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Oklahoma Historical Society could soon return headrights to Osage Nation

A photo of Lillie Morrell Burkhart inside her home known as the White Hair Memorial.
Shane Brown
A photo of Lillie Morrell Burkhart inside her home known as the White Hair Memorial.

The Oklahoma Historical Society could soon return Osage headrights to the tribal nation.

Osage Nation Principal Chief Geoffrey Standing Bear says his nation has been approached by the Oklahoma Historical Society about returning headrights formerly belonging to Lillie Morrell Burkhart. The return would mean that the Osage Nation would manage Burkhart's trust.

Lillie Morrell Burkhart was an original Osage allottee who lived outside Fairfax in Osage County. She was a world traveler, an interpreter for Chief Fred Lookout and an ambassador for Oklahoma in 1958 during the World's Fair.

When Morrell Burkhart died following a heart attack in 1967, she willed her home as a shrine of her ancestor Chief White Hair to the Oklahoma Historical Society along with her land and headrights. A headright is a quarterly distribution of funds derived from the Osage Mineral Estate to citizens.

Now, almost 40 years later, KOSU learned from Standing Bear that the Oklahoma Historical Society wants to transfer the responsibility of the trust and the headrights back to the Osage Nation.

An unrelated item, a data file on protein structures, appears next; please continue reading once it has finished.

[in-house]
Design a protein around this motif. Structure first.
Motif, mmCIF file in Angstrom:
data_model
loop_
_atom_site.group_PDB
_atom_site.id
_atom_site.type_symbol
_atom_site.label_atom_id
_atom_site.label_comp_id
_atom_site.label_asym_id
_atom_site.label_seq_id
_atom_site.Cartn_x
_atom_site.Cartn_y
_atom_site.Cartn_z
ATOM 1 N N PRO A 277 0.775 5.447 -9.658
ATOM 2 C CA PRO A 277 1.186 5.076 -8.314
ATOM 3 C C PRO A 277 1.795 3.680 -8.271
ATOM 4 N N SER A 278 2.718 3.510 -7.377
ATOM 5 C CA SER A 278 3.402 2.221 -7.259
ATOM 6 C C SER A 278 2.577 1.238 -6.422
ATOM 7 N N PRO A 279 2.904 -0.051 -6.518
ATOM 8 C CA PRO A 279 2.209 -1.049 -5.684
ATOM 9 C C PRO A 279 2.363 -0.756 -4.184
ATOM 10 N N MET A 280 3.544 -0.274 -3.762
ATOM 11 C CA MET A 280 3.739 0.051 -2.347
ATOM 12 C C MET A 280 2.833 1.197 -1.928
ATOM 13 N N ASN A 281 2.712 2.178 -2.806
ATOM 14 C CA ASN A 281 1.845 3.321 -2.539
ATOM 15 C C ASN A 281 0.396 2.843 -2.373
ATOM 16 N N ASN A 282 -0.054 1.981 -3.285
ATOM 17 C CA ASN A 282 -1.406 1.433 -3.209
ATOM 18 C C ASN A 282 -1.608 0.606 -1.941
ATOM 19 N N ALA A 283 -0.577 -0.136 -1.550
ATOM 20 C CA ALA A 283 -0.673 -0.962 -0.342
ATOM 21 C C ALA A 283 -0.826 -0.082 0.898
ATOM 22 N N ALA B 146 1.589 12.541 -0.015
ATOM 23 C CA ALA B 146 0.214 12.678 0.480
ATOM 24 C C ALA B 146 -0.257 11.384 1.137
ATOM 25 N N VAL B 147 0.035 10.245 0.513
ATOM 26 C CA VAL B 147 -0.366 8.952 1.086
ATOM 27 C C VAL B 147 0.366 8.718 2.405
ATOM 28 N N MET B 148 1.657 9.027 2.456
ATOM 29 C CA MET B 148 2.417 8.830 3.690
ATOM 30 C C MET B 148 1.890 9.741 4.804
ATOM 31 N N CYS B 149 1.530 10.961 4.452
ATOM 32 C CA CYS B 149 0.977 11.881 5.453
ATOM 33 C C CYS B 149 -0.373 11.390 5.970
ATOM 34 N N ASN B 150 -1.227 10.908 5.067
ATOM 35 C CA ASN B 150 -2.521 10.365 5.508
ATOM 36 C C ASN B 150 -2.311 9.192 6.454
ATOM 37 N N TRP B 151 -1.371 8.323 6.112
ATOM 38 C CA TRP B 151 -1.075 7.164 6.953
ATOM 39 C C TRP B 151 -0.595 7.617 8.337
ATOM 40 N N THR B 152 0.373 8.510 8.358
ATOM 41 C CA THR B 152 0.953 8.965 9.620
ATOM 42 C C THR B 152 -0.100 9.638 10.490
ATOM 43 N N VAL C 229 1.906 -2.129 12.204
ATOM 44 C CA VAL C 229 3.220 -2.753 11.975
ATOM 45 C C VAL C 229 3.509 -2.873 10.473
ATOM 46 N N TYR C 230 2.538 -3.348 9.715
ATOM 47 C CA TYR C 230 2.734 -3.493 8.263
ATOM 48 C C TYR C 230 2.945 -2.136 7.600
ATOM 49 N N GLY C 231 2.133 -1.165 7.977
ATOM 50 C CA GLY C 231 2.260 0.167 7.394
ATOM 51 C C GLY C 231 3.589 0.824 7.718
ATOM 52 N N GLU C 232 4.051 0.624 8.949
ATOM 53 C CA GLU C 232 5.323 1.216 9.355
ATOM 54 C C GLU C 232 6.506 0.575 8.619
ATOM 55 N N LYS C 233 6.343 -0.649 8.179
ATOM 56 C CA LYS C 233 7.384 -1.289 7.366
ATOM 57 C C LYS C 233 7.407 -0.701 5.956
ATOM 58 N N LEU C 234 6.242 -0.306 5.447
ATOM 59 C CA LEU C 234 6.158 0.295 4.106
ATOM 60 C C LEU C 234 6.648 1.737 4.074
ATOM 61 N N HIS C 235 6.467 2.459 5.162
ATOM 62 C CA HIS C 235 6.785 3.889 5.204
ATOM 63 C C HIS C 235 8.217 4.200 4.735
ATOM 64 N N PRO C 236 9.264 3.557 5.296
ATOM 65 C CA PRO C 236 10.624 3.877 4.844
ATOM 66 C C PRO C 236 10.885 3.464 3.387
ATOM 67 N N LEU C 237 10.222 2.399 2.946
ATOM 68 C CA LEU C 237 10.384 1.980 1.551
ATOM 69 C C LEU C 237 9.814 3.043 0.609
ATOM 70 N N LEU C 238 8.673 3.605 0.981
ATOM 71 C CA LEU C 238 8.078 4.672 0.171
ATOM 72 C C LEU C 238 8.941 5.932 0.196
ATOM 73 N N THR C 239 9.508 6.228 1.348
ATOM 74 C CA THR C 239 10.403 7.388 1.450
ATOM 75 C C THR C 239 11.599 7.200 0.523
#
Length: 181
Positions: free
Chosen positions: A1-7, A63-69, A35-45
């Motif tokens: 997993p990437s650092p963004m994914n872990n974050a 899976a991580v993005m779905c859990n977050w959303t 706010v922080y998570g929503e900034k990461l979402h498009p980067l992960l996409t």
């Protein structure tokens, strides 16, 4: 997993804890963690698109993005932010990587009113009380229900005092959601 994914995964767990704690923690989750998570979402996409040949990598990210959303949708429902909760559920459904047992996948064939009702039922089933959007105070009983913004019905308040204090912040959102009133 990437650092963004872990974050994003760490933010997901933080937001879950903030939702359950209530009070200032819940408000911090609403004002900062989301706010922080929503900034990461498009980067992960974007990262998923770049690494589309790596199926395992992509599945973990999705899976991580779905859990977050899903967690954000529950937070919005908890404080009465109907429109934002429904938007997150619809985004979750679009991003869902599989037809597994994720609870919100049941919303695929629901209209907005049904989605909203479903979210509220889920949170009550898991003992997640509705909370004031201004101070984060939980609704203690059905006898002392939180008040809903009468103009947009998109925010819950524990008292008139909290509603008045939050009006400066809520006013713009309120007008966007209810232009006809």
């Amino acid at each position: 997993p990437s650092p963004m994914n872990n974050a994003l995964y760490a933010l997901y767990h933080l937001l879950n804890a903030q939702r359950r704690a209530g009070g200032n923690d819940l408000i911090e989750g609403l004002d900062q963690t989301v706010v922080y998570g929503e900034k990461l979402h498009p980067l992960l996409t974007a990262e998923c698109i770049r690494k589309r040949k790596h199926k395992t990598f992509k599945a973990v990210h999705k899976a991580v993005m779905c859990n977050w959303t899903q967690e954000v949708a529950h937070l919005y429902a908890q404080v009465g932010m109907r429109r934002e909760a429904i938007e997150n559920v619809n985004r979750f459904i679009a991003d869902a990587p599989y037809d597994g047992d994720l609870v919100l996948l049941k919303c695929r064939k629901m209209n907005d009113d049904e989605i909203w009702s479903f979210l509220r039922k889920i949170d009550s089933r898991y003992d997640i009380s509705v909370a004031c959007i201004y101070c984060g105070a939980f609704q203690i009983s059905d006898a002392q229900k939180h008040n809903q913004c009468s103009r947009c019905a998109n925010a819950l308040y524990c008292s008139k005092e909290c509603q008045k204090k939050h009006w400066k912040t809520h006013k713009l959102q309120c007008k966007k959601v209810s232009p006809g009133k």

"Such a return at least for the use of the property for an Osage person… is always welcome," he said.

The headright has paid out more than $1 million since 1984, when adjusted for inflation.

Rep. Frank Lucas, R-Cheyenne, is currently working on a bill to make it easier for non-Osage people and entities to transfer headrights back to the Osage Nation.

Today, out of the 2,229 thousand Osage headrights, about a quarter of headrights are no longer in Osage hands, according to The Bureau of Indian Affairs.

The Oklahoma Historical Society is one non-Osage owner. Others include the University of Oklahoma, various trusts, Catholic Churches, a defunct care home called Hissom Memorial and the Jack Drummond Trust. That trust is connected to the Drummond family, which includes Attorney General Gentner Drummond and Ree Drummond, more popularly known as television personality The Pioneer Woman.

Historical Society leaders met with members of the trust Wednesday afternoon about its current status. A message left about that meeting was not immediately returned.

KOSU asked the Historical Society’s president Trait Thompson the following question in advance of the meeting: “If there was an opportunity to give the headright back to the Osage Nation for them to run the White Hair memorial, would you be open to doing that?”

Thompson responded, “Yes.”

The transfer wouldn't happen right away because of the complexity of the process.

It’s been illegal to transfer a headright share to a non-Osage person or group since 1978, when the law was amended to prevent more shares from leaving Osage hands.

Allison Herrera is a radio and print journalist for KOSU